However, war, annexation, and occupation as a discourse of artistic speech can no longer standardize art in the Manichean practices of twentieth-century ideologies. The project "How are you? Exhibition and Discussion" at the Ukrainskyi Dim in Kyiv in June 2023 demonstrated the stunning diversity of artistic discourse on the experience of the Russian invasion of Ukraine. The curatorial view in "How Are You?" is devoid of hierarchy. The similarity of their emotional messages unites the works of established and emerging artists. One of the exhibition curators, Halyna Hleba, notes in her text that the displayed artworks can be perceived in many ways. "For those for whom art still has a sense of the perfect or, God forbid, the beautiful, the exhibition may seem like a cacophony. But if you are ready for polyphonic art without pedestals, you will find your thing here," said journalist Dmytro Oliynyk.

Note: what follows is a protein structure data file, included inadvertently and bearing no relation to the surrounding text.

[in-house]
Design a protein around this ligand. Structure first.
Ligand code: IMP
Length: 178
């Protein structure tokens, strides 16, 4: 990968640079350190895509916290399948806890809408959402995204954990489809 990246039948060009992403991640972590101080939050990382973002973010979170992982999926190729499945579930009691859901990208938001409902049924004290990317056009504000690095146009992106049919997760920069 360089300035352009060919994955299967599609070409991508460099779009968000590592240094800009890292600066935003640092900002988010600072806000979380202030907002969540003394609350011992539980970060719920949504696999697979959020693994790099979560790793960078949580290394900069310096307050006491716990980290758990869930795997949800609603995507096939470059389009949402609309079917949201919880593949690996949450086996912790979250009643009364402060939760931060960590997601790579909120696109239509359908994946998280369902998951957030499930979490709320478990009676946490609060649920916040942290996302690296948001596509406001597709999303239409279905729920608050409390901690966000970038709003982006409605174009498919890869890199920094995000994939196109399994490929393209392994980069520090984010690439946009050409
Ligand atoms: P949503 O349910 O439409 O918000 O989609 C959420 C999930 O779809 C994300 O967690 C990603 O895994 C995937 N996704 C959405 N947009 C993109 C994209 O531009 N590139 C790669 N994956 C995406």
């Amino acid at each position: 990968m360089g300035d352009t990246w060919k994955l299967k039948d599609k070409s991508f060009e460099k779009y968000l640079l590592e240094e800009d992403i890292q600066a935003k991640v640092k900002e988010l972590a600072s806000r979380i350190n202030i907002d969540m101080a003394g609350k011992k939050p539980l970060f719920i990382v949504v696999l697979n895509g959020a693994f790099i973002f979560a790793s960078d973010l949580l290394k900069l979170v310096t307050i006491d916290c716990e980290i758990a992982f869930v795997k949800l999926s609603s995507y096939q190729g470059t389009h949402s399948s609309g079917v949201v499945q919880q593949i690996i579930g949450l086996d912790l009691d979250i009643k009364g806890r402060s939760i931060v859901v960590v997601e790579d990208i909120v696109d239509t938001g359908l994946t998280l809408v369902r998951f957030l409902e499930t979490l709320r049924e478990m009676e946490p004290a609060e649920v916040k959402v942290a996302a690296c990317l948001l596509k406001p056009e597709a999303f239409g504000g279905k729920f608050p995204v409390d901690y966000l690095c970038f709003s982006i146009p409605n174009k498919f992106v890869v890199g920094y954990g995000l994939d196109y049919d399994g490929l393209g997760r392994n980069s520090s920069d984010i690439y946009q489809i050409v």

Timely in capturing the general state of society, the polyphony of the "How are you?" project cannot become a method of artistic representation. The anesthesia of shock after the full-scale invasion has worn off, and there is a need to adapt to war as a long-term reality. Remaining a threat to everyone, the war plunges people into different circumstances and harshly actualizes responsibility not only for oneself. Thus, it is time to pay attention to the message of the individual.